Returning to Fabian’s own songs we hit a melancholic mood as the keyboards add to the emotive tug of With You, a lovely song about the thwarted dreams of small town lives. At least there is hope in the relief of finding someone in the same boat, so to speak, as Fabian sings, “Stuck in this place with you, with you, And I need to escape with you, with you.” River then follows on with more minor key magic as it documents the sad stories of some of the characters Fabian has met on the waterways. It’s easy to think of a narrow boat life as being idyllic, but there are people on the river with problems like everyone else. As Fabian points out, “Oh, Down by the river, You may find nothing but tit and tat, Here at the river, We all are just a bunch of
Welcome To The Magic Show is one of the outstanding songs on the album and the arrangement by keys player Jacob, with the keyboards orchestrating the tune sounding almost like a Mellotron and giving a 70’s vibe is brilliant. The song concerns itself with vanity and greed, but also the way that businesses are set up to exploit all of our worst traits. Casinos, burger bars, tanning salons all exploit our weakness and Fabian sings of the lure of, “Our lights they shine brighter than the stars in the sky, Such a magical place, wont you give it a try?”
The mood lifts with the gorgeous Morning Mist, a lovely instrumental, with just a suggestion of Davy Graham’s Anji cleverly worked into the tumbling cascade of notes in what is a frankly jaw-dropping exhibition of Fabian’s finger style. The breezy Spring too is a lovely evocation of the joys of the season, and a sun kissed smile of a song. Fabian has described writing this on a train journey through the Alps heading down to Italy, but it’s perfectly timed to catch a sunny spell here and the video is delightful. The Old Tobacco Tin, with its bluesy riff, is another outstanding song and a lovely story of how a personal memento is lost, but reused, meaning different things as it passes through different hands, before finally making it back to the original owner.
Islay gives Fabian a chance to show his slide skills, using bottleneck and Weissenborn resonator guitar. It’s a story that comes from time spent living in Italy and the elderly woman who lived next door, a diminutive figure but tough as they come, who had worked the land since she was seven years. Although on her own the village rumours were of war time affairs with soldiers of both sides, a story that had to be told.
As Fabian counts in for the final song, the synthetic strings on The List return us to that classic feel. The song, about putting things off, was apparently inspired by a ‘to-do’ list that Fabian wrote for himself, which included the instruction, ‘write a song.’ We can all relate to the sentiments in the lines, “Quarter past ten, I’ll be up by then Out of bed and organized again, And this time, today’s my day being productive leads the way, But then again this bed is nicely made, Oh well, perhaps another time.”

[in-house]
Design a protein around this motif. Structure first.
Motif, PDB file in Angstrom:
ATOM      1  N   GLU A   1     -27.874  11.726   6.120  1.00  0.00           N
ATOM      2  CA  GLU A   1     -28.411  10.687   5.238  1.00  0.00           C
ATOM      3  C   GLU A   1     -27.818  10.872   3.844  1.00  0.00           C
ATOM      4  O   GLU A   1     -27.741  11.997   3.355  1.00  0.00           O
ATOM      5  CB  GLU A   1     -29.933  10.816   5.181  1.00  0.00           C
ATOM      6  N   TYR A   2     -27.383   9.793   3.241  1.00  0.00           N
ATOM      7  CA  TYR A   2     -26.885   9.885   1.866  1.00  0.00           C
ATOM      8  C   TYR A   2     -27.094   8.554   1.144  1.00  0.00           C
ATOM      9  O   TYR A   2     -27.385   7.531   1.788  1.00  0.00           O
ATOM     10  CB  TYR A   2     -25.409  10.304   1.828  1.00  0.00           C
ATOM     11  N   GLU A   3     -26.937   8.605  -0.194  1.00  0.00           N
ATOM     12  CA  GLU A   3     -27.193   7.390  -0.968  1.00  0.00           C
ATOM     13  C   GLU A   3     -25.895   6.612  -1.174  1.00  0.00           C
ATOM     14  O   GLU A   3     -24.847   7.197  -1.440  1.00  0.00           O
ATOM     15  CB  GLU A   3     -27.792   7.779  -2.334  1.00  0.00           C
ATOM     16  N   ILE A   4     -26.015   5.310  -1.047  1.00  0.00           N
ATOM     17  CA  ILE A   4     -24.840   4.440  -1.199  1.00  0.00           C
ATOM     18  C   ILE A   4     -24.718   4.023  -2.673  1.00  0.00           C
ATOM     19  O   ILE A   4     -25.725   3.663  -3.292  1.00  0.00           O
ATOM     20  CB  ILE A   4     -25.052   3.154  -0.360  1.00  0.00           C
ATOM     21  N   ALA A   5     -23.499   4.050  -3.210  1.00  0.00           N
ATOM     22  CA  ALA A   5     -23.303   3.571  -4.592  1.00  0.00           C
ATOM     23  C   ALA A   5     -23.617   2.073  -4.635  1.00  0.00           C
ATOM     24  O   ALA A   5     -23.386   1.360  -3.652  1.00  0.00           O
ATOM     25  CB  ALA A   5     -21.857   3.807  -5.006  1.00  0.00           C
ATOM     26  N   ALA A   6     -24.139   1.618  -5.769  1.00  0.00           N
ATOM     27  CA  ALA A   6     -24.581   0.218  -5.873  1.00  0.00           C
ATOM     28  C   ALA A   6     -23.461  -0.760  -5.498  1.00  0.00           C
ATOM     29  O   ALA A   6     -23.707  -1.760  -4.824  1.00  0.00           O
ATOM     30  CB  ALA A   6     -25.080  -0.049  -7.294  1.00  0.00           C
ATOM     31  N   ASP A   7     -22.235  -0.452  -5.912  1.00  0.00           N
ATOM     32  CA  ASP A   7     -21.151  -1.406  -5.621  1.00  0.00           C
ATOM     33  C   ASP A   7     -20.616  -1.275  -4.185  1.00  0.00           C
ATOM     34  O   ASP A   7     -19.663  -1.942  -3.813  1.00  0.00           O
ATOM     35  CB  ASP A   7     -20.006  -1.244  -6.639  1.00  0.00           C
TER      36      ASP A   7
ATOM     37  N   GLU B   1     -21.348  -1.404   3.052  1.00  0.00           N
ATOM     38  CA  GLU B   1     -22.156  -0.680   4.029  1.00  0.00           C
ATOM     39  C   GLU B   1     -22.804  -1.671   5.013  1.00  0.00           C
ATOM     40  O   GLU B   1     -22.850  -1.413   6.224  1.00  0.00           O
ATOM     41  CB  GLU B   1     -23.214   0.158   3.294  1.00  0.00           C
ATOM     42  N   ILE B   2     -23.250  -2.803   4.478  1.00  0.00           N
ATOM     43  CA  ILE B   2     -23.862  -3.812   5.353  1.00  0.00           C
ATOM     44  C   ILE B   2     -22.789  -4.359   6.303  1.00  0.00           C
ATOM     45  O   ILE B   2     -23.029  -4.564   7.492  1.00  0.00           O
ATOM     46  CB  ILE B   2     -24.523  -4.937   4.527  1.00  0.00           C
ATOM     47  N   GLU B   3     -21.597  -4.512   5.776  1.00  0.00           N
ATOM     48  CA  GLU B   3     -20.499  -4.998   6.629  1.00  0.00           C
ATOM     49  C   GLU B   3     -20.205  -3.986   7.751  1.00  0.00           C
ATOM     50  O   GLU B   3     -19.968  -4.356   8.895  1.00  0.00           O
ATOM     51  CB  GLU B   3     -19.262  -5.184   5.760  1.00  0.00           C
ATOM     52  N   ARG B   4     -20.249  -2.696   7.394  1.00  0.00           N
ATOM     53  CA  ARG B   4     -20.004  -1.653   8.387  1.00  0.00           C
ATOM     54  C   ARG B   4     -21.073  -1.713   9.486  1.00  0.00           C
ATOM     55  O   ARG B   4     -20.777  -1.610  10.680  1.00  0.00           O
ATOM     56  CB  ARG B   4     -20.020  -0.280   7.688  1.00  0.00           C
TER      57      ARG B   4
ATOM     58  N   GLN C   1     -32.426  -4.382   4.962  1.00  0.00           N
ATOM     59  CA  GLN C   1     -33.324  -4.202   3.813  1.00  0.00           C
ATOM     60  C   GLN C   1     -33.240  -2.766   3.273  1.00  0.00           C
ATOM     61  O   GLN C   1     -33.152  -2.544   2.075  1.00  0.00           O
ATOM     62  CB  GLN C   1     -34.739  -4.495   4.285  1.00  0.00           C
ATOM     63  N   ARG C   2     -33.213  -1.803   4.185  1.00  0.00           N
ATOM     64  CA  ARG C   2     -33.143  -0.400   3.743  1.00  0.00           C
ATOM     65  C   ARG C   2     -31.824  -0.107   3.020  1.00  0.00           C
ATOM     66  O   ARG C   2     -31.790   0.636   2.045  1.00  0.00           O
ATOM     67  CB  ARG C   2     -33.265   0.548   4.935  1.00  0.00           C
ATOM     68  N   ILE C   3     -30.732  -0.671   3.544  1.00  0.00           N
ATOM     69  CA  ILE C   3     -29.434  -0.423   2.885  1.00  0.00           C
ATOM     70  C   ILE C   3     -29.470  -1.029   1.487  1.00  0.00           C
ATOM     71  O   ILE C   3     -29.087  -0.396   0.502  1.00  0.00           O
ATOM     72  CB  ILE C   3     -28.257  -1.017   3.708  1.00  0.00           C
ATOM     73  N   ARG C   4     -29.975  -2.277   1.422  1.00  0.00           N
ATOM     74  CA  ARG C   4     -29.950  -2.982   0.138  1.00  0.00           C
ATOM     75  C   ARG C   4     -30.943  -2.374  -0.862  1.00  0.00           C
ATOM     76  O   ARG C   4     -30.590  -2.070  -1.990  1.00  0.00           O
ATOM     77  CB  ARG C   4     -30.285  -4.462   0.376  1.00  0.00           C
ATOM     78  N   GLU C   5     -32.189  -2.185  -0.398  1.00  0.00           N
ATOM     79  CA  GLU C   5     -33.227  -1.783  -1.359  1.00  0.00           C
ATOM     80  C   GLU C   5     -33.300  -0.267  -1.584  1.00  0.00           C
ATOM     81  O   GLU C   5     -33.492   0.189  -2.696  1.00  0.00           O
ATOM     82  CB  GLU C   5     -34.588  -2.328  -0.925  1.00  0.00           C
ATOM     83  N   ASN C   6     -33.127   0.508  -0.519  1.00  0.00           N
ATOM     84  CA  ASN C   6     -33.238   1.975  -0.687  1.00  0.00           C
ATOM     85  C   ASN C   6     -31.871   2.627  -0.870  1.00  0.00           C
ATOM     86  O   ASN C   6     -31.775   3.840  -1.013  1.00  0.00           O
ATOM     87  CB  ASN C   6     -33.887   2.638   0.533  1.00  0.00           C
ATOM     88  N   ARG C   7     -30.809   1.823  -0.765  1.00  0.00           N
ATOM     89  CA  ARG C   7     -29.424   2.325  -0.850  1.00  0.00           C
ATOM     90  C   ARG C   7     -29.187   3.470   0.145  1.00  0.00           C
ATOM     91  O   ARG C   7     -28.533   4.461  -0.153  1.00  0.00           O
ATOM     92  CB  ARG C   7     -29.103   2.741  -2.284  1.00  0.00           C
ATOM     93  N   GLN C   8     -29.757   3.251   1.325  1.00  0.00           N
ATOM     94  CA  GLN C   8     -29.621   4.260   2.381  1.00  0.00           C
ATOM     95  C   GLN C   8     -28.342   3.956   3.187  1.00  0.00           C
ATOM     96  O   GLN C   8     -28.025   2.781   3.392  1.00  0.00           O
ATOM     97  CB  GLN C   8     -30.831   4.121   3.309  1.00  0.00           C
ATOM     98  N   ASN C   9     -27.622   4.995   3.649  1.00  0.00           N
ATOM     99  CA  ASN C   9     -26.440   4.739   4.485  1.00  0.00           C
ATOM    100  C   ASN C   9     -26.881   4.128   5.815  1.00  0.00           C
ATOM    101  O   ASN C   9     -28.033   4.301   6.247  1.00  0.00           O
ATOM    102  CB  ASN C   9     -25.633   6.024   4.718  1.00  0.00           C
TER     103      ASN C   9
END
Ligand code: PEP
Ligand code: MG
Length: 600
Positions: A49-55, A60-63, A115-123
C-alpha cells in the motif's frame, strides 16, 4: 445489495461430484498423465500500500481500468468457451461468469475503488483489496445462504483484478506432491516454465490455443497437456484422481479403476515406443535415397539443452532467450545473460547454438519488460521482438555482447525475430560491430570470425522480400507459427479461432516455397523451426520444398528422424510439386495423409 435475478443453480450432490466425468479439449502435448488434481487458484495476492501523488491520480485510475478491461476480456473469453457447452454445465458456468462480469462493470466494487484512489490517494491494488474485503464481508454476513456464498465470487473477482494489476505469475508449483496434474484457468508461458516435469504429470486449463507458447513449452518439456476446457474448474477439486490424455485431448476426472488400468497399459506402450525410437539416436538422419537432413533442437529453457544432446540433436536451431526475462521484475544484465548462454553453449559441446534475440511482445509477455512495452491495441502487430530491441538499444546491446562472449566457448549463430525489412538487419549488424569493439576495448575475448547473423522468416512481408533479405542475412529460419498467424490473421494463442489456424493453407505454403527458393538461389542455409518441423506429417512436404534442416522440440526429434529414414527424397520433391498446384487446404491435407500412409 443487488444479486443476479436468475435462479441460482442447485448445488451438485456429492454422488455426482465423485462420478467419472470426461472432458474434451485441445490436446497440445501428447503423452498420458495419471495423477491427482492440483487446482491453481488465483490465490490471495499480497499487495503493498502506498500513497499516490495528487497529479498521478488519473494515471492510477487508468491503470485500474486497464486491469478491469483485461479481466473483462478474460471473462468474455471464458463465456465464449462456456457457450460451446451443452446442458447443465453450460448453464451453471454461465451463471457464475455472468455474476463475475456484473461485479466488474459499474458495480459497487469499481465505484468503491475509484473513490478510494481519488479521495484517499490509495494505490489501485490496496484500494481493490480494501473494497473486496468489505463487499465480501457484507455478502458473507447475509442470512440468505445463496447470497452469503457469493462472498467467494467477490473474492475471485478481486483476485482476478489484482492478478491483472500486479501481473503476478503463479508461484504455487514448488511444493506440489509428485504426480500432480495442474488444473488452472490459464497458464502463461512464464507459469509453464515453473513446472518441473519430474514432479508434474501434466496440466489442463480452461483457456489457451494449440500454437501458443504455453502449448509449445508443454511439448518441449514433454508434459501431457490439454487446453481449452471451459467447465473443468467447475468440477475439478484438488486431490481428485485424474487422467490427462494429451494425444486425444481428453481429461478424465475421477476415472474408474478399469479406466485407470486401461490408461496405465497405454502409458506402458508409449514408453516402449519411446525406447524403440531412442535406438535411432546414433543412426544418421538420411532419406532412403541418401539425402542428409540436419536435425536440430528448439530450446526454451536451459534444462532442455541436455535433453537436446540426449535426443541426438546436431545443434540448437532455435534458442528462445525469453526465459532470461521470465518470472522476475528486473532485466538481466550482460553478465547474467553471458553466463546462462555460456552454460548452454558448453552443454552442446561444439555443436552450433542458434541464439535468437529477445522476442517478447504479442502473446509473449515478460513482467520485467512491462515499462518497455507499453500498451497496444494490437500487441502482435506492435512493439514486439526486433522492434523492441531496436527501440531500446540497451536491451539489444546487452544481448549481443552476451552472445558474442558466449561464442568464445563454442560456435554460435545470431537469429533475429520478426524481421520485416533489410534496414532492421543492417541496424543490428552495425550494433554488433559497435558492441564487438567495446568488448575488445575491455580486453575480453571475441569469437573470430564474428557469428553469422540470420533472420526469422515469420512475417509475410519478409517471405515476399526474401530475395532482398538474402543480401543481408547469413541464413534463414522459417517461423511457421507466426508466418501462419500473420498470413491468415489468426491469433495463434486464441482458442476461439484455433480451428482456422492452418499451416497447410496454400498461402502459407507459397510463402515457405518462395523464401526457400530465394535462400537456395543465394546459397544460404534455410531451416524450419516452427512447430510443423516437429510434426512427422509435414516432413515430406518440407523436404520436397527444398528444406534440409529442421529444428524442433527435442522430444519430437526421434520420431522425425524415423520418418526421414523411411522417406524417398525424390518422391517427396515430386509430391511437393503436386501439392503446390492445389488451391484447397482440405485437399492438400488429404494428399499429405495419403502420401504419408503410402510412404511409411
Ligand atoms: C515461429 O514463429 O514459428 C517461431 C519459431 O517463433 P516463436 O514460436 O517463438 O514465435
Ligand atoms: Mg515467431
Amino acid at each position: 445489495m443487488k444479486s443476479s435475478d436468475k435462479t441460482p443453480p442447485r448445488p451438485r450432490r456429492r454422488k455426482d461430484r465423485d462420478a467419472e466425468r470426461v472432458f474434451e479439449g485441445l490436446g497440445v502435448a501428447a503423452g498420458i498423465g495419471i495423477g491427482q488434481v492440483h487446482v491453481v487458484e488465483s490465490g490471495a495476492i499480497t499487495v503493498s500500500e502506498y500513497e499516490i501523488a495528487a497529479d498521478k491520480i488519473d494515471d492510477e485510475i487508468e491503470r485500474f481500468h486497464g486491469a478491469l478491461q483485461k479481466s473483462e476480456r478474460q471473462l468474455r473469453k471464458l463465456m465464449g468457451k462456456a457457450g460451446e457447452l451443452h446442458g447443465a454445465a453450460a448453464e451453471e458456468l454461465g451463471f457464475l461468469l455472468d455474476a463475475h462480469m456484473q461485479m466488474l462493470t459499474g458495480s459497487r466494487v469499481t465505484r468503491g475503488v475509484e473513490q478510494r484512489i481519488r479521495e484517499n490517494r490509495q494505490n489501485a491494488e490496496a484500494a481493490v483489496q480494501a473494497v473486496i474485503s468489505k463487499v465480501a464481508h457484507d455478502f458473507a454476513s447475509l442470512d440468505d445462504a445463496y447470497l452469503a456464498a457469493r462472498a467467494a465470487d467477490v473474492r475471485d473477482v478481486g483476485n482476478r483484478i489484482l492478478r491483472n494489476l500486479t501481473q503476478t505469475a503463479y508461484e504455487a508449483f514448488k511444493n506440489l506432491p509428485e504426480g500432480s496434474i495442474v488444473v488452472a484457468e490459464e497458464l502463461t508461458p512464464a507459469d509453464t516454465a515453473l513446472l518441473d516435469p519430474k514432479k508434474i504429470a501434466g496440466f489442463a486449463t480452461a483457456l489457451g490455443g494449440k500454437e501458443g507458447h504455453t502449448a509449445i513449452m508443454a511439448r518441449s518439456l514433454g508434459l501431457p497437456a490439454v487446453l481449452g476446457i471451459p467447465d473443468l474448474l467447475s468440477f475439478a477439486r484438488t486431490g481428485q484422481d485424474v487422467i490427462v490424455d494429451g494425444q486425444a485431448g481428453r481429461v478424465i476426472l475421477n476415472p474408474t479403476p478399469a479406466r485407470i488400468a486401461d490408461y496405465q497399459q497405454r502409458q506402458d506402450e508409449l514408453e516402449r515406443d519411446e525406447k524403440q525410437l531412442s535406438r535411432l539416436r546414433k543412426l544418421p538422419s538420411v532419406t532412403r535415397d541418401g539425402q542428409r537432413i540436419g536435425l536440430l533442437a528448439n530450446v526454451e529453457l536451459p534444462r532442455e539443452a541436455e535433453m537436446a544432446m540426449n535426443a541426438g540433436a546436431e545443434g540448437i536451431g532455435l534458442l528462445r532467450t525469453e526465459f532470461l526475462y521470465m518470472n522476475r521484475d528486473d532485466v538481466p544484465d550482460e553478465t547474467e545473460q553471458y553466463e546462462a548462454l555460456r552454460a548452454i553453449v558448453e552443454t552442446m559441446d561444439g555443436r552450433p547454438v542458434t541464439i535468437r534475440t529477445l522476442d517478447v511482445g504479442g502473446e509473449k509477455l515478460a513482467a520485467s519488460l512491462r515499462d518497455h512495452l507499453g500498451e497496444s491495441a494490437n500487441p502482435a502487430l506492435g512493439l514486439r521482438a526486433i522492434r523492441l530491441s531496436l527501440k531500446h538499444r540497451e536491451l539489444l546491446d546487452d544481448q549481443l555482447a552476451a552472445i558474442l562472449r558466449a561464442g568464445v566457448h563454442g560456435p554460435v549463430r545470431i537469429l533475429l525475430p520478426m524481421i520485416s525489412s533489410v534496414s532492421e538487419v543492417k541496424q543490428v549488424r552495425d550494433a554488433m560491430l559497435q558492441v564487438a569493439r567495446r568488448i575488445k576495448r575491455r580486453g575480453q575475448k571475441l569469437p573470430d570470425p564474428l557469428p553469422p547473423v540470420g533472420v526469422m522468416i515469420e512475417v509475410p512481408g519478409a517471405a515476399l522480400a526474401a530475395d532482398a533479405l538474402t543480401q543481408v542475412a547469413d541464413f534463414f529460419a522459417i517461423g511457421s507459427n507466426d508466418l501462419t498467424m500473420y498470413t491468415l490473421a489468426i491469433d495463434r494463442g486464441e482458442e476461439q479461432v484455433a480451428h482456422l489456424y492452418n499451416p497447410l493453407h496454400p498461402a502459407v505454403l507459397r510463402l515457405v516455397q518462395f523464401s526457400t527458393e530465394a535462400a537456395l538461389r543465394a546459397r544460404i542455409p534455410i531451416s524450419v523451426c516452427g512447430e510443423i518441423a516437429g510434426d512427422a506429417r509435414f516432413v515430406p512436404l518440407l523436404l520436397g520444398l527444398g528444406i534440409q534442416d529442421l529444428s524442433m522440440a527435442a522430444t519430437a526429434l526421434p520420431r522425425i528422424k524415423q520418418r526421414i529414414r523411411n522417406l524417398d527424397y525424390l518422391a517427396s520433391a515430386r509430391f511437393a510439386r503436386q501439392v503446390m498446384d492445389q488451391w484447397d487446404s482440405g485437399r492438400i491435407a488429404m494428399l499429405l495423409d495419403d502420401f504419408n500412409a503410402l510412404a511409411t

Fabian is currently in the middle of a string of dates and this week will be playing both the Great Knight Folk Club in Northampton and Cecil Sharp House with Fred joining him on stage. The duo also have several festivals lined up for the summer, so there will be plenty of opportunities to discover the magic that can persuade a teenager to put their phone away, and that simply should not be missed!
Review by: Simon Holland
Exclusive Premiere: Islay
I lived in the county in Italy for a while and during that time my neighbour was this eighty-odd year old Italian woman who had been working on the land since she was seven, was about five feet tall and didn’t even speak Italian but only the local dialect.
She was a real character and tough as old boots.
There was a rumour going around in the village that she had affairs during the war with both the English and German soldiers, when I found this out I just had to write a song about her. This beautiful picture was painted by my mother ‘Ruth Holland’.
Latest Video: Spring
21 April – Great Knight Folk Club, Northampton
23 April – Cecil Sharp House, London
24 April – Meadow Folk Club, Telford
25 April – The Convent Club, Stroud (will also be streamed live. Details here)
26 April – The Musician, Leicester
01 May – Square & Compass, Worth Matravers
16 June – Sofa Sessions, Kettering (supporting Chris Wood)
Released 27 April 2015 via Rooksmere Records
Available via ProperMusic (Ltd Autographed Edition)